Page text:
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State lawmakers and governors scramble to take advantage of nearly $5 billion fund: 'This is a one-in-a-lifetime opportunity'

"It's really important they get the details right."

"It's really important they get the details right."

Photo Credit: iStock

Community planners in Virginia have outlined crucial strategies for using $4.6 billion in Inflation Reduction Act funds to support state subsidies for electric vehicles, improved public transit, increased bicycle and pedestrian infrastructure, and more affordable energy sources for homes and businesses. 

Developed after six months of public feedback and submitted to the Environmental Protection Agency, Virginia's Priority Climate Action Plan (PCAP) reflects a strong commitment to reducing pollution created by oil and gas use by opting for lower-carbon energy sources like natural gas and electricity. 

According to Inside Climate News, the state's plan also took direct input from communities into account when creating their plan as cities from Richmond to the D.C. area wrote their own PCAPs, which were included in the final proposal. 

"This is a one-in-a-lifetime opportunity," said Nicole Keller, a PlanRVA resilience planner. "Transportation is by far the largest piece of the emissions pie," as well as the region's biggest focus, Keller mentioned.

The Inflation Reduction Act (IRA) is a significant legislative move by the U.S. government, marking its largest investments in helping Americans save on energy bills and reduce harmful carbon pollution. 

Not only can the IRA provide funding for community-wide sustainability projects through the Climate Pollution Reduction Grants (CPRG) program, but it also offers a variety of financial incentives for individuals and families to make eco-friendly choices.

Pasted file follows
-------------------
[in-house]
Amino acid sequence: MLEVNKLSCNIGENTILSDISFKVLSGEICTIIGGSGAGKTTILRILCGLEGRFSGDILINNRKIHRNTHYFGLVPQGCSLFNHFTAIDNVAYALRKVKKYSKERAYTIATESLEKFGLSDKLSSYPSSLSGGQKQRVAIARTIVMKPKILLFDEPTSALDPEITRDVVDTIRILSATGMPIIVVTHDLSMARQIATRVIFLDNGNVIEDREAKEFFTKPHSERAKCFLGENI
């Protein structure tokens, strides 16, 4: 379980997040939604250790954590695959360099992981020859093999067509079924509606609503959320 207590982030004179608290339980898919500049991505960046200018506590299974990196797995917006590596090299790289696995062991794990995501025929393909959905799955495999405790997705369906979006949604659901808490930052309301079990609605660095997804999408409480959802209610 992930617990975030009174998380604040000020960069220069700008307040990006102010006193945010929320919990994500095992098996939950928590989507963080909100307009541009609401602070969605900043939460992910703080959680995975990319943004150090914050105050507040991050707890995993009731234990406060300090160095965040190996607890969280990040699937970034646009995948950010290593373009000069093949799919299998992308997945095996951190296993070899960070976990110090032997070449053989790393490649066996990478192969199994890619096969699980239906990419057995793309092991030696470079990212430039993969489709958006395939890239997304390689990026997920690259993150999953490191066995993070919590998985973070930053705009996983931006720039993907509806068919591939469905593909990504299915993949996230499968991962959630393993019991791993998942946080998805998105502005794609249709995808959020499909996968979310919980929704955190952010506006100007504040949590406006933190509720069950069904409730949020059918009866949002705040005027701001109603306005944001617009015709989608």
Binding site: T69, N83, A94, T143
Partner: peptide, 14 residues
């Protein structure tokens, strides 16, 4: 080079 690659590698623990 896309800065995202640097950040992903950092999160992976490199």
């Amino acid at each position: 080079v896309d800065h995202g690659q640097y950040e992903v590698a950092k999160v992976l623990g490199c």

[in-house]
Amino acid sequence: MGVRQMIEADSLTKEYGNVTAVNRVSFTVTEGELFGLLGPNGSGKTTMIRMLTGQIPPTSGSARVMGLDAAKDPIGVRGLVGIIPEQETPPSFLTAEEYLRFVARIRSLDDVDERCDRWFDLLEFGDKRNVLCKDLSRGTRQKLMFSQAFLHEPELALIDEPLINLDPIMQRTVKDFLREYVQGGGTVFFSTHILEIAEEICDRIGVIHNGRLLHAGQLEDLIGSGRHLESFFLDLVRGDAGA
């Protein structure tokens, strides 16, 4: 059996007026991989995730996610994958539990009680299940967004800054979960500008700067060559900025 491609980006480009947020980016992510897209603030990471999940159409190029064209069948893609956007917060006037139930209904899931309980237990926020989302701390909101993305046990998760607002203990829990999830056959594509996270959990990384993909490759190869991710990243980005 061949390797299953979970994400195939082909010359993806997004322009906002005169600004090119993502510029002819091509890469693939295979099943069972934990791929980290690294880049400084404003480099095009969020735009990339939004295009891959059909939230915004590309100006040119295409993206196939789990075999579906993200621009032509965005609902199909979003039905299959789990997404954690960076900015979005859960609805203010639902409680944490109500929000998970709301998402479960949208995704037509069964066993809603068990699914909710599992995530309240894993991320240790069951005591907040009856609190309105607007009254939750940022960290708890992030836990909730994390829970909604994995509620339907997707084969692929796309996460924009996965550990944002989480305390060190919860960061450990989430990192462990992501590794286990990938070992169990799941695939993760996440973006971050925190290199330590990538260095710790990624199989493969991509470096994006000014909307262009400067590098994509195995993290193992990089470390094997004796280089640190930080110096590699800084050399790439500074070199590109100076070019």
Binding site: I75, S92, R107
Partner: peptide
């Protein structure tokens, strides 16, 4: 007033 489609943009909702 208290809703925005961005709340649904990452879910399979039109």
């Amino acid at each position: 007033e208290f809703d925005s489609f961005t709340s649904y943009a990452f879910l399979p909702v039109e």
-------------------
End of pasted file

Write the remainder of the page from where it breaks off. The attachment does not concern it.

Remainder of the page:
For example, the IRA could help you receive thousands of dollars in tax breaks and credits for upgrades like purchasing electric vehicles, switching to an induction stove, or even installing solar panels — all of which can save you even more money over time. 

Although these proposed plans are part of a competitive process and no federal money is guaranteed, these ideas can set an example for communities across the country to move forward with a cooler, cleaner future in mind. 

"Even if we don't get an implementation grant fund, this plan does not go on a shelf," Keller stated. "It is really going to help influence the agenda for our work going forward."

"It's really important they get the details right," said Garret Gee, a senior attorney at Southern Environmental Law Center, regarding all local entities seeking funds. These plans will create a "more complete picture of the way Virginia thinks about the clean energy transition."

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